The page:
There are a countless number of fungi around the world, each fascinating and mysterious in its own way. There is one, however, that truly seems to stand out from the rest. Belonging to the phylum Ascomycota, the endoparasitic fungus Cordyceps sinensis seeks out a ghost moth caterpillar host high up on the Tibetan plateau. Once attached to its unsuspecting victim it will push through the exoskeleton of the caterpillar to feast on its non-vital tissue. Eventually the caterpillar will be directed to a suitable position for fungal dispersal and its innards will be gutted and filled with hyphae, serving as a fungal food cache. After a period of time the weather will warm up and like some 70’s B-movie horror film a fruiting body will emerge forth from the caterpillar body.

“Cordyceps sinensis” by Nicolas Merky licensed under CC BY 3.0

C. sinensis has held an important place in China for many years. The fungi industry is the main source of income for Tibetans and C. sinensis (or yartsa gunbu as the local Tibetans call it) can be sold for 4-5£ (~$6.50 – $8.00 Canadian) a piece. Beyond just a good source of income, however, C. sinensis has been held in high regard as an important ingredient in the Chinese medicated diet. Moreover, anecdotal evidence suggests that C. sinensis has been used in Chinese traditional medicine for hundreds of years. Even today C. sinensis is commonly used in China to replenish the kidney and soothe the lungs for the treatment of a variety of impairments. Although C. sinensis is definitely an intriguing specimen, its large list of medicinal properties is primarily founded in beliefs and traditions of the Chinese people. Thus, it is important to carefully evaluate these claims in order to separate fact from fiction.

In order to scientifically evaluate the medicinal properties of C. sinensis researchers began carrying out experiments to identify the chemical compounds that make up the organism. One intriguing compound researchers have isolated is cordycepin. Originally isolated in Cordyceps militaris (found primarily in North America, South America, Europe, and Asia) cordycepin is found in low quantities within C. sinensis as well. Cordycepin is a 3’-deoxyadenosine, therefore, it differs from deoxyadenosine in DNA which is missing oxygen at the 2’ position, rather than the 3’ position. As a result of this similarity cordycepin can affect many different cellular processes, such as apoptosis and cellular proliferation and researchers have begun looking at its potential in fighting cancer.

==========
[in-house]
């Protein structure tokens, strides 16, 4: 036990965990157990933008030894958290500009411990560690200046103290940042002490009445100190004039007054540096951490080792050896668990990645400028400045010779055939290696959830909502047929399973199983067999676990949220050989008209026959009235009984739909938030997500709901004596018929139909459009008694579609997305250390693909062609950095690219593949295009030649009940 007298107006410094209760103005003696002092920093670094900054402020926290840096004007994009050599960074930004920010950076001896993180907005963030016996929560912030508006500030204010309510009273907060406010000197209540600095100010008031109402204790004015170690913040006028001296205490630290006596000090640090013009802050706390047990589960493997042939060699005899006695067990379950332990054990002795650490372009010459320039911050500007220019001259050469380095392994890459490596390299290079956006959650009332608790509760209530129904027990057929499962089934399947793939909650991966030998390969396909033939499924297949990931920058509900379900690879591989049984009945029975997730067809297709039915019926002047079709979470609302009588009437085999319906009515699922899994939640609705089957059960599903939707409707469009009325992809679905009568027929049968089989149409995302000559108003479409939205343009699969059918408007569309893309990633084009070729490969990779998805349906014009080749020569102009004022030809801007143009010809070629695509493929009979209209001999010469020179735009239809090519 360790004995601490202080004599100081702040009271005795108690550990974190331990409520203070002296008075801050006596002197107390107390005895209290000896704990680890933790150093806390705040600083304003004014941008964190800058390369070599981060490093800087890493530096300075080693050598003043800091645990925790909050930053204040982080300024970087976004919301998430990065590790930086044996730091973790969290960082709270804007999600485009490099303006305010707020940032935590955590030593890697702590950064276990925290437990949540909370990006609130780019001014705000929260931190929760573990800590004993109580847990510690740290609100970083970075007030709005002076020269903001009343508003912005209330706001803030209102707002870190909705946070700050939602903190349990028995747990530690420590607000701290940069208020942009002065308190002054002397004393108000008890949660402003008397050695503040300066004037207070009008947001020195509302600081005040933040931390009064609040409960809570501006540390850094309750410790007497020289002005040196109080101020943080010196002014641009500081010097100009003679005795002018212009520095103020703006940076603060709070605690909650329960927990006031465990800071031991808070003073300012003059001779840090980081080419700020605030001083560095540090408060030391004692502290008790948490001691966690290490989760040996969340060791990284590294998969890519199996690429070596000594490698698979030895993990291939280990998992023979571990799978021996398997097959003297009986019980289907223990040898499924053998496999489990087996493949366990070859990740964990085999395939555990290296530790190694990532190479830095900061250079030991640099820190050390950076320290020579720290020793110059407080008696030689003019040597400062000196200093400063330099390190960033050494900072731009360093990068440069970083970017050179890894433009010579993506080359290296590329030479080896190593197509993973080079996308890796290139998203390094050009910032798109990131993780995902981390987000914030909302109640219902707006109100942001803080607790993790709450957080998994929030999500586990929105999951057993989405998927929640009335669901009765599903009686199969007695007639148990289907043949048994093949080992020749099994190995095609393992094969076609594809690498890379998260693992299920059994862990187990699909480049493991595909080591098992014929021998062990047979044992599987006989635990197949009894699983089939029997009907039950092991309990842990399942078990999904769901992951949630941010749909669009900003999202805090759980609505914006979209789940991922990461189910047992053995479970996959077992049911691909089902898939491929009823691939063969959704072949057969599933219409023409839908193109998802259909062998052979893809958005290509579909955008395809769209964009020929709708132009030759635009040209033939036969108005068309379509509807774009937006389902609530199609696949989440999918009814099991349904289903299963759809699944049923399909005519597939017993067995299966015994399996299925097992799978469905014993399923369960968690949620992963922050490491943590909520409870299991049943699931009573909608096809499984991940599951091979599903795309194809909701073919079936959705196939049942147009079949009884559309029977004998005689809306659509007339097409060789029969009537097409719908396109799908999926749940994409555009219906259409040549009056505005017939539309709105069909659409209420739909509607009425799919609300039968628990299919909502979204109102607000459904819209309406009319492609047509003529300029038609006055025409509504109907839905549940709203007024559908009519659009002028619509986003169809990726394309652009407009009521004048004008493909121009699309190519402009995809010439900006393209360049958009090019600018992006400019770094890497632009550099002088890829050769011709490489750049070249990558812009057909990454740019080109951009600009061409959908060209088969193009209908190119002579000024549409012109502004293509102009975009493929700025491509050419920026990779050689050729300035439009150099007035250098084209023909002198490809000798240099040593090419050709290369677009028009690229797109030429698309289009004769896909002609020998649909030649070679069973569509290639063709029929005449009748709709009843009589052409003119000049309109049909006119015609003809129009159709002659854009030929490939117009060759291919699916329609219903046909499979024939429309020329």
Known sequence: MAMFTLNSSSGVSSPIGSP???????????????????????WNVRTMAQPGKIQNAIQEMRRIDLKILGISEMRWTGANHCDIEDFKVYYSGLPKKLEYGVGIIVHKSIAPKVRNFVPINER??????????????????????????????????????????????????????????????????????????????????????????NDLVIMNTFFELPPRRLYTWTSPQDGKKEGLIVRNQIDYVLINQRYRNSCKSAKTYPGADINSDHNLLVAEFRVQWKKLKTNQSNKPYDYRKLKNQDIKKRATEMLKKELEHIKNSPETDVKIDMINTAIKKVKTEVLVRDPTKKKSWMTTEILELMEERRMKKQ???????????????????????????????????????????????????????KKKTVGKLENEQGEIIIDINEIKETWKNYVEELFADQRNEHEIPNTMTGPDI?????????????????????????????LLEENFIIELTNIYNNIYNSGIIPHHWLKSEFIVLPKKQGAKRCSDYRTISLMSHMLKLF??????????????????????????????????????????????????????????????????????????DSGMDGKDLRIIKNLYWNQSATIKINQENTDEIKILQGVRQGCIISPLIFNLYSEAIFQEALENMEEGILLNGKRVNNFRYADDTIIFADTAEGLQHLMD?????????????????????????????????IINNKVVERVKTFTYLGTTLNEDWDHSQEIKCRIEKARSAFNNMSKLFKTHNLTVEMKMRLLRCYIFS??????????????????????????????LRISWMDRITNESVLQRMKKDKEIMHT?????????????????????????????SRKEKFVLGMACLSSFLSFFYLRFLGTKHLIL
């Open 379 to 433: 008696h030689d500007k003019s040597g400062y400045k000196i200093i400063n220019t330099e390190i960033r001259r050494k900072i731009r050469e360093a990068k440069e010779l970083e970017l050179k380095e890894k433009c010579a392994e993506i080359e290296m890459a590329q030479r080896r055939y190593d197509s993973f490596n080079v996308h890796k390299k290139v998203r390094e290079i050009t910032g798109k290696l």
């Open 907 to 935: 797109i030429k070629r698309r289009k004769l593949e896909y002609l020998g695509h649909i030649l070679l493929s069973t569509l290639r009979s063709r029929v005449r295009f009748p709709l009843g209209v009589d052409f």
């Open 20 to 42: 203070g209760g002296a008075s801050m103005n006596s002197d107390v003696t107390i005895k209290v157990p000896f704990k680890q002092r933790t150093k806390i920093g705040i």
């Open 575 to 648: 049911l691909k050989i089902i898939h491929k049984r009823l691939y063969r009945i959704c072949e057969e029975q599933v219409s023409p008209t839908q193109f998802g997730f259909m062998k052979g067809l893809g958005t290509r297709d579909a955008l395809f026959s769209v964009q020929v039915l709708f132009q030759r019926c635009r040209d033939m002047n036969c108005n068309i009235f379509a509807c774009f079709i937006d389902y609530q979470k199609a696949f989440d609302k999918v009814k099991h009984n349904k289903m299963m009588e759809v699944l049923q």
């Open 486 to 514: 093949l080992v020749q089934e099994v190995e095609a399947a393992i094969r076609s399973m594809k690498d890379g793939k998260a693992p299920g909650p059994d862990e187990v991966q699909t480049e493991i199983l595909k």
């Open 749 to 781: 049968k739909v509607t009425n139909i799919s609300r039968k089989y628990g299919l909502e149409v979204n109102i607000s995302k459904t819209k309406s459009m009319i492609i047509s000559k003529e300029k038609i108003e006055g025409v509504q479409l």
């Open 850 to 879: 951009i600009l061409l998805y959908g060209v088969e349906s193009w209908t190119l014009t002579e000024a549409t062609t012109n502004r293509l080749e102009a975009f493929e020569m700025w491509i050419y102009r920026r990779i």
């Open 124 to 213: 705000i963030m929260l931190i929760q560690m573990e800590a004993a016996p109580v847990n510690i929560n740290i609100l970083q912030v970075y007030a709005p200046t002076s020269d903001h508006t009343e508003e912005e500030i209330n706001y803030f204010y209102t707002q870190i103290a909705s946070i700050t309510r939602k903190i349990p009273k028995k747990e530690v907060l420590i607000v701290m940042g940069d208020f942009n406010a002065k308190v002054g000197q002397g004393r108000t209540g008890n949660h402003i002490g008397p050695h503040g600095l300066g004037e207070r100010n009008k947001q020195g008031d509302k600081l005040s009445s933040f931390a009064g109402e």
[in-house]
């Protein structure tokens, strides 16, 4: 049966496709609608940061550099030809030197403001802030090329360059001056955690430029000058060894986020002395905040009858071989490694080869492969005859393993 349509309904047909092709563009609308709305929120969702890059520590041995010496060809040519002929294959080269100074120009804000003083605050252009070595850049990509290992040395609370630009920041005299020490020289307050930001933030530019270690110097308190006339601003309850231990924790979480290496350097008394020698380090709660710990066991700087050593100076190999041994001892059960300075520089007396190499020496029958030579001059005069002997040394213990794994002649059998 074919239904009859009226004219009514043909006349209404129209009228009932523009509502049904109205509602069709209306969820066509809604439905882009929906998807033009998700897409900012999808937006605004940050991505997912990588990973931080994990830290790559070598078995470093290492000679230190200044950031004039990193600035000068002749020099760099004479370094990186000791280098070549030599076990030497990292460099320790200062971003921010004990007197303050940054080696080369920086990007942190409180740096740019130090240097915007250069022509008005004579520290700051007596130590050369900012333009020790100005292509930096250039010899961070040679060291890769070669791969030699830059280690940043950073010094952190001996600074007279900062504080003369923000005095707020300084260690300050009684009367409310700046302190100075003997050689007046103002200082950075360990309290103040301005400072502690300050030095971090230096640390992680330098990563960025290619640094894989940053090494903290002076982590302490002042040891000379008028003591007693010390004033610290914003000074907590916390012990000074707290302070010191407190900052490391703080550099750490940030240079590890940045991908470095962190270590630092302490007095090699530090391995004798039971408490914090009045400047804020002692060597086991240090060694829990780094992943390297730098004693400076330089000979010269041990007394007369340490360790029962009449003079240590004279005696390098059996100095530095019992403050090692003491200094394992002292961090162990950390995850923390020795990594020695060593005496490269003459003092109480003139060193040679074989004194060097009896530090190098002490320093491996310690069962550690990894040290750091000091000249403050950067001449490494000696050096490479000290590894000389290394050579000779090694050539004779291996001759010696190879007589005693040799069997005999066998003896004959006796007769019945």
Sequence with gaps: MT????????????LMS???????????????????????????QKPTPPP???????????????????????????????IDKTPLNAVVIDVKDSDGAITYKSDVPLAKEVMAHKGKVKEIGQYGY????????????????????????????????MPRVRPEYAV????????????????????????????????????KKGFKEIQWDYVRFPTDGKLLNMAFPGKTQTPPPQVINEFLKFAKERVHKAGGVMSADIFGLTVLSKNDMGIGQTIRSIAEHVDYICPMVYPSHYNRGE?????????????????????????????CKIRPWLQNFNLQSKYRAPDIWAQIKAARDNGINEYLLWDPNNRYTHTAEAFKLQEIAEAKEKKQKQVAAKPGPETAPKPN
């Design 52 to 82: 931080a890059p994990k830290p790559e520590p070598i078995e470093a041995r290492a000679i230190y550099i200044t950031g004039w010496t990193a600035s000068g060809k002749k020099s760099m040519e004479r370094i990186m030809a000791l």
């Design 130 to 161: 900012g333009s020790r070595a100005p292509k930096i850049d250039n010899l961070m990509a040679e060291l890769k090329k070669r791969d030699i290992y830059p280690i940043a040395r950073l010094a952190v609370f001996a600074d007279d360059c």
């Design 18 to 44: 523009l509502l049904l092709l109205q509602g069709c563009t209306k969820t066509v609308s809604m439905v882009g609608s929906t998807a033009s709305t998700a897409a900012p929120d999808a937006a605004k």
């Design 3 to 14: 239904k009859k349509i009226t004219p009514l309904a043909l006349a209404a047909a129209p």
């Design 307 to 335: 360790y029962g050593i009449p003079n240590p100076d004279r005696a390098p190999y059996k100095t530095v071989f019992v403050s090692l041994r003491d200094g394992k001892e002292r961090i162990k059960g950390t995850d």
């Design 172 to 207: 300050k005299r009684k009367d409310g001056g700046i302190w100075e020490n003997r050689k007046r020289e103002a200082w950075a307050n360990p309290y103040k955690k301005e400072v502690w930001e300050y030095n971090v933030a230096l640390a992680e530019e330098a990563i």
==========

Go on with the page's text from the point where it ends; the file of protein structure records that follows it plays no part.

With regards to apoptosis, one study on cordycepin found that it activates the PLC/PKC and MAP kinase signal transduction pathways inducing the production of steroids and the death of mouse intestinal tumour cells. Steroids can induce apoptosis by binding to receptors, followed by translocation to the nucleus where they can upregulate pro-apoptotic genes. In another study, apoptosis of mouse intestinal tumour cells was also accomplished by an upregulation of caspases 9, 3, and 7 by cordycepin. Caspases are key enzymes involved in cell death. Since a lot of research is carried out on mice, one cannot say for certain whether cordycepin would have the same pro-apoptotic effects in humans. Some mechanisms for activity in humans have been proposed however. One mechanism proposed for cordycepin-induced apoptosis of human leukemia cells is that cordycepin may generate a reactive oxygen species, leading to mitochondrial disruption, caspase activation, and the cleavage of poly (ADP ribose) polymerase 1 (PARP). Activation of PARP results in the release of factors which have a toxic effect on the cell.